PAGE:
TNTP partners with districts across the country to support multilingual learners in various ways. In Texas’s Edgewood Independent School District, we partnered to create a literacy vision that was inclusive of the district’s bilingual and biliterate students and to create the Multilingual Services Department’s 2022-23 strategy. In California’s Bay Area, we led intensive teacher professional development focused on effective language instructional practices for multilingual learners in math. To affirm Latinx students’ identities and build stronger systems and structures to bolster the underutilized advantages Latinx linguistic identities bring, we encourage educators to build learning experiences that thoughtfully integrate multiple languages and to ask ourselves:

  • Are my students’ linguistic identities being affirmed as an asset in their educational experience? Do we honor, explore, and include these identities in our daily instructional practices?
  • Do all students have equitable access to high-quality instructional materials and resources that are culturally and linguistically affirming? Does instruction support content and language development in a way that leverages linguistic identities and utilizes linguistic knowledge of Spanish and other languages to strengthen learning in English?
  • Are we actively engaging Latinx families and communities as trusted partners and advocates, recognizing they are the most knowledgeable source of information about our students? Do Latinx families have culturally and linguistically appropriate access to the resources they need to make the best decisions for their students such as academic data, latest research, program choice, opportunities for authentic partnership, and information on how to be the best advocate for their children?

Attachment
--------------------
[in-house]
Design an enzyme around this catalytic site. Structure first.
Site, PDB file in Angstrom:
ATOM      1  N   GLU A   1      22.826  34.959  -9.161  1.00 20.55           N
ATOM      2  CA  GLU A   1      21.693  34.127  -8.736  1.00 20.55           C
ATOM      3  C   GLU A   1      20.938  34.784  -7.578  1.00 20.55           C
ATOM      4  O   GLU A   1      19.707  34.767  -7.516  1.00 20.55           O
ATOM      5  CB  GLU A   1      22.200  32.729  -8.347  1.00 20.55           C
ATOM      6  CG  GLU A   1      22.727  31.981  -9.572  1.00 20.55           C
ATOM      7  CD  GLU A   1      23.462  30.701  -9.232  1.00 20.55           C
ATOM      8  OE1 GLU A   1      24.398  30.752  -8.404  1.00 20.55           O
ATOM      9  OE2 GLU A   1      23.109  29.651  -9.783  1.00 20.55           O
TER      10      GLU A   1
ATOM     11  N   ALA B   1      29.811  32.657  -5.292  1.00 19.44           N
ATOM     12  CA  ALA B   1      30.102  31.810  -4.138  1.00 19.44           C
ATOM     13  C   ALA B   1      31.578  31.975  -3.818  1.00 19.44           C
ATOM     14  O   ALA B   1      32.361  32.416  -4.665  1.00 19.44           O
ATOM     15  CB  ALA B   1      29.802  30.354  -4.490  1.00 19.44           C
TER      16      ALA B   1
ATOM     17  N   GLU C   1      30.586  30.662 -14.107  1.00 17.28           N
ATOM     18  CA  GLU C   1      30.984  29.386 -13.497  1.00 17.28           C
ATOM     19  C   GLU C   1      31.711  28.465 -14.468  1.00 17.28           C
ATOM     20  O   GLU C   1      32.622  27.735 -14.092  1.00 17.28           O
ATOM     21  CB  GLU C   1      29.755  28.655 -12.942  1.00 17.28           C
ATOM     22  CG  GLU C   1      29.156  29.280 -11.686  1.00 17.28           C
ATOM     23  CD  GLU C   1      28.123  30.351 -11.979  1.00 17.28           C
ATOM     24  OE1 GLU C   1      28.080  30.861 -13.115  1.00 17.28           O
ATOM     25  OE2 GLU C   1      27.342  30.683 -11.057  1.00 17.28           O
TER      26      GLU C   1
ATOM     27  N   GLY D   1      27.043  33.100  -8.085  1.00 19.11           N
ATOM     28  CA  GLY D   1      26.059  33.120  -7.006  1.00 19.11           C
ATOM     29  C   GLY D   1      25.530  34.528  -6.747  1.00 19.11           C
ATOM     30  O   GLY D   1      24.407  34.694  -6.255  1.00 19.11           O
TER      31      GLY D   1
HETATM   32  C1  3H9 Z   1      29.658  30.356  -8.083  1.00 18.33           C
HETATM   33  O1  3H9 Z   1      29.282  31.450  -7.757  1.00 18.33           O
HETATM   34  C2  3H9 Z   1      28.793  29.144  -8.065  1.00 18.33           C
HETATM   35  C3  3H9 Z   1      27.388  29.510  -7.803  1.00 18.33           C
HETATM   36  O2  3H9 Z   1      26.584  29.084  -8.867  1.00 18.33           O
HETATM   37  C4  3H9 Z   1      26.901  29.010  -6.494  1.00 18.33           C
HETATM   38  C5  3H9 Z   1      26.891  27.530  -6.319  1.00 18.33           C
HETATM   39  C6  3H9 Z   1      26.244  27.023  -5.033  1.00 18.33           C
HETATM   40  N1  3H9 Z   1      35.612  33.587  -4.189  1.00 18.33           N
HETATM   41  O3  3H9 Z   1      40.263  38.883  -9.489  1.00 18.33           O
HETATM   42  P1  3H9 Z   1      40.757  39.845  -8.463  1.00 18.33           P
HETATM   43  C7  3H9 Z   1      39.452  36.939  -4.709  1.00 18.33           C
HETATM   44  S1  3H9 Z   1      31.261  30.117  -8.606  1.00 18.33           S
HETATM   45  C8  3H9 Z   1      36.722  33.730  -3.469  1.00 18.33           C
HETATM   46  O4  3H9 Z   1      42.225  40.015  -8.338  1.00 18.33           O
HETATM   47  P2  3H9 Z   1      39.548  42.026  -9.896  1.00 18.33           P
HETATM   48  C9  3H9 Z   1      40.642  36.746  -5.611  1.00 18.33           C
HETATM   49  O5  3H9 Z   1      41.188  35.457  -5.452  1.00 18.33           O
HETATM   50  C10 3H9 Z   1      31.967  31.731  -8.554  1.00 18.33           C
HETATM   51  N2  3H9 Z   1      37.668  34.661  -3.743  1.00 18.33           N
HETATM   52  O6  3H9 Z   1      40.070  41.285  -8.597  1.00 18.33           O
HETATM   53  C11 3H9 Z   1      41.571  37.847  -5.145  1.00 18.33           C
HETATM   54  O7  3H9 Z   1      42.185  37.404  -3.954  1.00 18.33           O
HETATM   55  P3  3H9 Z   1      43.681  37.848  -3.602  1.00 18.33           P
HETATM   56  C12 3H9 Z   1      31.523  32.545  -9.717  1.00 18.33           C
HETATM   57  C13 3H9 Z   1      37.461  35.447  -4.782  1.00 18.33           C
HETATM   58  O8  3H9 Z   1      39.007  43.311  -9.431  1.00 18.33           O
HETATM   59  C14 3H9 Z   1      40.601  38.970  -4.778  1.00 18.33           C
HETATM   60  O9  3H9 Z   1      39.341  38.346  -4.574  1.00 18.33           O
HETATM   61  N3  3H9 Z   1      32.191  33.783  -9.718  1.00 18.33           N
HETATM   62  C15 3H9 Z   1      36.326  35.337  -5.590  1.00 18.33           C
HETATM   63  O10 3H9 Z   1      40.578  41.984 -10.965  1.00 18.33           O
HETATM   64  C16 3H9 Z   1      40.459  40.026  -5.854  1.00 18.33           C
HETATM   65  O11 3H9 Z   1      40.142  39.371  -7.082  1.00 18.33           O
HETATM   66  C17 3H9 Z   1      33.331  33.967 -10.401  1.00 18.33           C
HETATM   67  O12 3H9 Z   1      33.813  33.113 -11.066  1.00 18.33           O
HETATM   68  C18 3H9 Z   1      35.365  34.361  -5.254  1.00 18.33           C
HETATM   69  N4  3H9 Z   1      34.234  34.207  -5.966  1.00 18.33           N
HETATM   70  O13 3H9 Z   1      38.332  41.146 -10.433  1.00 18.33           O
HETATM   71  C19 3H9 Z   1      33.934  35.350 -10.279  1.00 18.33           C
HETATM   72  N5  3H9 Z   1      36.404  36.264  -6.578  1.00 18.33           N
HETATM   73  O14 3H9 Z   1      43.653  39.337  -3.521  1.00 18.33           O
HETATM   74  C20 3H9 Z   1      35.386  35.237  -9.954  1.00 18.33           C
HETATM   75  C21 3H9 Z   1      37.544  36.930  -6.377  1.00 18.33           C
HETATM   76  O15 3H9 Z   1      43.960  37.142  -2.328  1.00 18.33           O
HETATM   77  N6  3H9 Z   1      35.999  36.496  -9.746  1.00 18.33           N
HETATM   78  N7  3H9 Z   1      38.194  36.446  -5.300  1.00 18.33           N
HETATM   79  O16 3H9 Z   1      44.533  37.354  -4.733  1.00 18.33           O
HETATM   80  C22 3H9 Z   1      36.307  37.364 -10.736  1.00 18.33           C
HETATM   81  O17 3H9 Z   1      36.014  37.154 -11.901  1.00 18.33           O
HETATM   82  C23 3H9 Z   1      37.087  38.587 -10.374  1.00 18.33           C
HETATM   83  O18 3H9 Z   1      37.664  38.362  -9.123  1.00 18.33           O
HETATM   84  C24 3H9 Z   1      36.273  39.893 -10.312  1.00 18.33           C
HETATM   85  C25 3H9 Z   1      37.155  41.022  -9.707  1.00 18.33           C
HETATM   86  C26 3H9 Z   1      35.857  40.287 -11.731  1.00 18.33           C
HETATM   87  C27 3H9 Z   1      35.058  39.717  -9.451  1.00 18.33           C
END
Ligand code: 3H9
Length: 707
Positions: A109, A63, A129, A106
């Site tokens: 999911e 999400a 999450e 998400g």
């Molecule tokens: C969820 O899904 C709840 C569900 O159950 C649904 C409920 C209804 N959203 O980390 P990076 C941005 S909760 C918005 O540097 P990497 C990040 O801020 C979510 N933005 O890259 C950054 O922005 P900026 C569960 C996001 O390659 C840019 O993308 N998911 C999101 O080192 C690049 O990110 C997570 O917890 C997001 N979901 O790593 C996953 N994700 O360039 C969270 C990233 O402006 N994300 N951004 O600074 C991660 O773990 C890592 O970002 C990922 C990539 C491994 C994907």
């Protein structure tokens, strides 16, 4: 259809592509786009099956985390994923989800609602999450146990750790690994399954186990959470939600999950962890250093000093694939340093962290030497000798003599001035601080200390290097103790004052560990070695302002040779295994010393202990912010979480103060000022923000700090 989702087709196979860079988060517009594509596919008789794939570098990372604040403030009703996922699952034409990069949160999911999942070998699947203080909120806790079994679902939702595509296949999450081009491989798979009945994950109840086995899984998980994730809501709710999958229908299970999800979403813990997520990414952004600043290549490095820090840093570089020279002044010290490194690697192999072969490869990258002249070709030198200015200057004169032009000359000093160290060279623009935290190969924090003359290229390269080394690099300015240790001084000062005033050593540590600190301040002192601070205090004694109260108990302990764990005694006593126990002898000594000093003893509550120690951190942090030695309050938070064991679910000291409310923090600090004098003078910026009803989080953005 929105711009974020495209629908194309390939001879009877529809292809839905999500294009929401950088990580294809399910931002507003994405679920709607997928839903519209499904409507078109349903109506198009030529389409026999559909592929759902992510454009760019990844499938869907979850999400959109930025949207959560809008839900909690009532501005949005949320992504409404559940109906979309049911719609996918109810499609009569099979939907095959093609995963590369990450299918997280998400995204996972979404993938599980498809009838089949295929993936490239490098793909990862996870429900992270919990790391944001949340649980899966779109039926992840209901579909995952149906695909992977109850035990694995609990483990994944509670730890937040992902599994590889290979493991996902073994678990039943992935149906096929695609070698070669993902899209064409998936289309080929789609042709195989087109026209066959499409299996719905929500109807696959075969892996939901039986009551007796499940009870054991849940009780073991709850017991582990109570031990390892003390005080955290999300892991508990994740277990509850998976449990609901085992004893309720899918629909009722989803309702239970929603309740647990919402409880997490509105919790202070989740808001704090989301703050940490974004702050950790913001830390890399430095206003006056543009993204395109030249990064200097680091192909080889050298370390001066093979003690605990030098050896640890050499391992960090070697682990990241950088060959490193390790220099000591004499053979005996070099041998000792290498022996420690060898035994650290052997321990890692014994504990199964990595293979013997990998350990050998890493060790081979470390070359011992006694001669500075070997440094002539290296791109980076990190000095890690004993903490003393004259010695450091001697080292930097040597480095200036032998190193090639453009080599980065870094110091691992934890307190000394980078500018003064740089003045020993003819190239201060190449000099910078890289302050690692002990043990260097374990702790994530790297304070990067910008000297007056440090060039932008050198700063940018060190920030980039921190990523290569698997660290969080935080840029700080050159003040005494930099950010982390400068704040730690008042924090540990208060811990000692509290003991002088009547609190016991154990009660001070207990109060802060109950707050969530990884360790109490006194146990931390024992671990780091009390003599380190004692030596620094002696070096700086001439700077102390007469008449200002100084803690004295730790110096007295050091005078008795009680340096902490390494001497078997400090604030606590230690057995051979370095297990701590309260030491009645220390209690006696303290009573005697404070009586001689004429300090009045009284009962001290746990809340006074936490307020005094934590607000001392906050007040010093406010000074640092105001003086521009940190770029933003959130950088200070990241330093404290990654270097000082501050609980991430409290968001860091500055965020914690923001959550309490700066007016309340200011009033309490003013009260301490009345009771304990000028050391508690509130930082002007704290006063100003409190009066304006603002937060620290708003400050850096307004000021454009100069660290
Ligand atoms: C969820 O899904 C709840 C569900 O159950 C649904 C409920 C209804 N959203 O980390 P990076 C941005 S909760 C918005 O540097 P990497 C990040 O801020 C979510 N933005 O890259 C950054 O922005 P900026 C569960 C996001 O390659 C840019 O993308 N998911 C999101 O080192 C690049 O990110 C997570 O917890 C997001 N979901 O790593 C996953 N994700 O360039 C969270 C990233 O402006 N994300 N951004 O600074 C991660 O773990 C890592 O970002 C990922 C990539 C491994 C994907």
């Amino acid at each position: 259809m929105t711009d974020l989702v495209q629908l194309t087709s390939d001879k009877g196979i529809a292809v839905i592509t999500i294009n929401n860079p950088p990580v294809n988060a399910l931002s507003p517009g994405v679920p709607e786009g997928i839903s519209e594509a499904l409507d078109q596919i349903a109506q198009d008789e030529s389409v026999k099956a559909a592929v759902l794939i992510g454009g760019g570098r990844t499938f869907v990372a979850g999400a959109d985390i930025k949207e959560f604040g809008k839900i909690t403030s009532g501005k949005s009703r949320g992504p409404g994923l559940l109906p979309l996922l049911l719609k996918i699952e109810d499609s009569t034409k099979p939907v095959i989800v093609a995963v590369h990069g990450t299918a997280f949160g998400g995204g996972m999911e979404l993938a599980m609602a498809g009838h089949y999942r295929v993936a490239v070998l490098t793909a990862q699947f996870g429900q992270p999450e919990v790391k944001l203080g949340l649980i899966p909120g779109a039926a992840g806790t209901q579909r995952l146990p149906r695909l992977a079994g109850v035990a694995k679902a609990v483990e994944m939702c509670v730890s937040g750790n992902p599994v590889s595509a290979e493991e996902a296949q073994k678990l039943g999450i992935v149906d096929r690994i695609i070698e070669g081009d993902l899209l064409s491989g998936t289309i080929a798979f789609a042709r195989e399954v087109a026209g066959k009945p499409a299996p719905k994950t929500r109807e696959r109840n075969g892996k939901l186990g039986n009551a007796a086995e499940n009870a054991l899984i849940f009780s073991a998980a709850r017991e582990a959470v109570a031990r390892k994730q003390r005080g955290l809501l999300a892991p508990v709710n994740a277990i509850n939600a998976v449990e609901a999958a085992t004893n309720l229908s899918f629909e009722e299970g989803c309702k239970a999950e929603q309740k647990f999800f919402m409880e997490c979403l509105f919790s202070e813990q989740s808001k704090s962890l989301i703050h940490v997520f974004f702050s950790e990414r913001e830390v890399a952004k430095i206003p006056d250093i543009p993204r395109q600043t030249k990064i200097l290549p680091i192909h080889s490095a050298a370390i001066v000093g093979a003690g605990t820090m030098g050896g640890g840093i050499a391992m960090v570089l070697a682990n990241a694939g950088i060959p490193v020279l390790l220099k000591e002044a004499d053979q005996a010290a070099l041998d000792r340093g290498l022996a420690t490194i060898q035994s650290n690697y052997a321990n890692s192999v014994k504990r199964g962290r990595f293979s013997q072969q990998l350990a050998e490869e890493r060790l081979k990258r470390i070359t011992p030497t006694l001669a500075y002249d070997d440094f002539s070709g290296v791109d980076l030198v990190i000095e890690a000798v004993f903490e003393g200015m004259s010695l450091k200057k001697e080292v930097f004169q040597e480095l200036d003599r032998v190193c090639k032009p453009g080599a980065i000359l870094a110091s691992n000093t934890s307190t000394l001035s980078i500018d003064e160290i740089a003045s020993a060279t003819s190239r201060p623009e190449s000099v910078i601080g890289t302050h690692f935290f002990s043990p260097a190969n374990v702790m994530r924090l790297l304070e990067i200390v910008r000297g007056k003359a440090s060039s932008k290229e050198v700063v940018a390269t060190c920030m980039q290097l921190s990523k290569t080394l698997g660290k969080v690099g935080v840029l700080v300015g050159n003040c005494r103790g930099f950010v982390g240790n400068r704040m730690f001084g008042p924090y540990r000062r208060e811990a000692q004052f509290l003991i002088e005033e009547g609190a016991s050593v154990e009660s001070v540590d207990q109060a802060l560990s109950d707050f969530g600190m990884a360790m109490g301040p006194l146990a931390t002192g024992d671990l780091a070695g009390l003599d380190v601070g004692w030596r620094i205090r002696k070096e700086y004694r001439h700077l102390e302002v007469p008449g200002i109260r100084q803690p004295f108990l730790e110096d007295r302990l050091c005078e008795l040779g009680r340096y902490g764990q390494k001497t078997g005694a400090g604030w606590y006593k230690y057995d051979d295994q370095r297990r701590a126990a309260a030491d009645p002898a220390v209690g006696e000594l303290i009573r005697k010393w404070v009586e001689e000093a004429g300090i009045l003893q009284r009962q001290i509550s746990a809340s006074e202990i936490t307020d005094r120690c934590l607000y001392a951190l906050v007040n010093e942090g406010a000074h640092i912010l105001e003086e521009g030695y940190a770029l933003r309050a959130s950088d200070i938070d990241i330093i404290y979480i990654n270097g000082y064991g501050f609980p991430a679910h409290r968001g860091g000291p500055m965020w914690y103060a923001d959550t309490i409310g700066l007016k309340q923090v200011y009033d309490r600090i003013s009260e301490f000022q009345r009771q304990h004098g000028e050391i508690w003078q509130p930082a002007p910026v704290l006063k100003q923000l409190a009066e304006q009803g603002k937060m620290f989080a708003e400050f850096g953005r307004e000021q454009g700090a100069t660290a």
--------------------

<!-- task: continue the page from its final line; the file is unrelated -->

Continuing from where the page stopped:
• Are we moving our classrooms, schools, and systems towards additive bilingual models that ensure Latinx students have opportunities to use both of their languages inside and outside of school, and that they have a desire to maintain both?

To ensure the social and economic mobility of all our students in our globally interconnected world, “American monolingualism is an insufficient basis for success.” The power of our linguistic identities must be realized by creating the conditions for all students to truly be their language by honoring, respecting, and engaging all of their linguistic knowledge and strengths in their learning processes.

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TNTP is the nation’s leading research, policy, and consulting organization dedicated to transforming America’s public education system, so that every generation thrives.

Today, we work side-by-side with educators, system leaders, and communities across 39 states and over 6,000 districts nationwide to reach ambitious goals for student success.

Yet the possibilities we imagine push far beyond the walls of school and the education field alone. We are catalyzing a movement across sectors to create multiple pathways for young people to achieve academic, economic, and social mobility.